It stands to reason that a diverse biota would support a diverse range of ecological functions — and the experimental evidence has borne that out at the scale of species and plots. But does the same relationship hold at the scale of communities and landscapes? A large group of researchers, led by former Cedar Creek LTER… Read more »
At the 2017 AGU Fall Meeting, held at the New Orleans Ernest N. Morial Convention Center in New Orleans, Louisiana, from December 11-15, 2017, dozens of LTER researchers will present new results on a range of topics, from how ecosystems recover from droughts and hurricanes to what manufactured ice storms can reveal about how to prepare for winter’s worst. Links to the abstracts for over 100 LTER presentations at AGU 2017.
In the United States, society spends billions of dollars each year on stream restoration. Knowing where restoration efforts are likely to be most effective could help get more restoration-bang for those bucks. A recent study of 13 river restoration projects by investigators from the Baltimore Ecosystem Study LTER found that restoration appeared to be more effective at… Read more »
Credit: Ingrid Taylar. CC BY 2.0To maintain the image of a pristine beach—wide stretches of sand absent of fly-ridden piles of seaweed—managers often add sand to beaches and remove seaweed. This removal may lead to a more enjoyable experience for humans, but it constitutes a major loss of habitat for sandy beach critters, which use… Read more »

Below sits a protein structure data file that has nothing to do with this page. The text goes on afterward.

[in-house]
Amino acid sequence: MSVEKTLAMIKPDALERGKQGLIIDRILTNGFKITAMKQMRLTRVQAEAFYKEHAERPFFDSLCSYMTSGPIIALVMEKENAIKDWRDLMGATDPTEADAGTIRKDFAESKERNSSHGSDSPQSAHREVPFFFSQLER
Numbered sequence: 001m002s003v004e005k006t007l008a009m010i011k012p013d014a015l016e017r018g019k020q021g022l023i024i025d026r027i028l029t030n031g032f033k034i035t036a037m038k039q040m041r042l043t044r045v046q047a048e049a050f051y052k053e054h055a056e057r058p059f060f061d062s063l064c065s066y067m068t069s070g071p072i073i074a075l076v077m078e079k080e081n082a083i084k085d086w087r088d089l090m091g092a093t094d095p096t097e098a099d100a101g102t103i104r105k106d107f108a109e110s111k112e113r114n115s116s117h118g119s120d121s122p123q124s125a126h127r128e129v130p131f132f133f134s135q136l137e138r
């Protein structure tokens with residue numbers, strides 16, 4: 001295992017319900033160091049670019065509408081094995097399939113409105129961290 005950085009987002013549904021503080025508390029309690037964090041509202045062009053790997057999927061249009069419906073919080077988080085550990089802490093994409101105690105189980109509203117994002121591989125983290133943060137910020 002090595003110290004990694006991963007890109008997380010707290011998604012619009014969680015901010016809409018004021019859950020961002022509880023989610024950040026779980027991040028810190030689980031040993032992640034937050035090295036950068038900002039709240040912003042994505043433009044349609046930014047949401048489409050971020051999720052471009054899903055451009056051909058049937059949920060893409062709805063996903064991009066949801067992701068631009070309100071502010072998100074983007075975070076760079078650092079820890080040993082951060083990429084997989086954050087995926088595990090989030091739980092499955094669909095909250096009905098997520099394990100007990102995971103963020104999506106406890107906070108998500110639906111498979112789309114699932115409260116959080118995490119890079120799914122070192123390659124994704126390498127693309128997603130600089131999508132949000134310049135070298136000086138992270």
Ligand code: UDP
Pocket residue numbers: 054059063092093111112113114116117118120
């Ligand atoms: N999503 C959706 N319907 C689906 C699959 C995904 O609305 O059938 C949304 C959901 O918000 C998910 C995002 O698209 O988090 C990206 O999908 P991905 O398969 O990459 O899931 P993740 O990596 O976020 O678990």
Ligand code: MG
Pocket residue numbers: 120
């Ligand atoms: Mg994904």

A recent experiment examined the impacts of increased nitrogen on salt marshes—and the all-important microbes within them.
New analyses demonstrate that long-term nitrogen enrichment substantially changes the community composition of soil fungi in a temperate hardwood forest. The mix of fungal taxa that emerges appears to be better able to tolerate high nitrogen but less able to break down the lignin in organic matter, which contributes to an overall accumulation of soil carbon.
Novel ecosystems can emerge through many kinds of changes, including changes in mean climate, species invasions, and increased or decreased variability. Researchers at Jordana Basin LTER have highlighted the role of interannual climate variability in changing the outcome when an exotic grass species invades dry shrubland. Using a process-based model, they predicted three outcomes, depending on the degree of variability and timing relative to invasion.
Wetlands exist on every continent save Antarctica and manifest as a variety of habitats, from salt marshes to mangrove forests. They provide important ecosystem services, such as water purification and flood protection—often tied to their high productivity and diversity.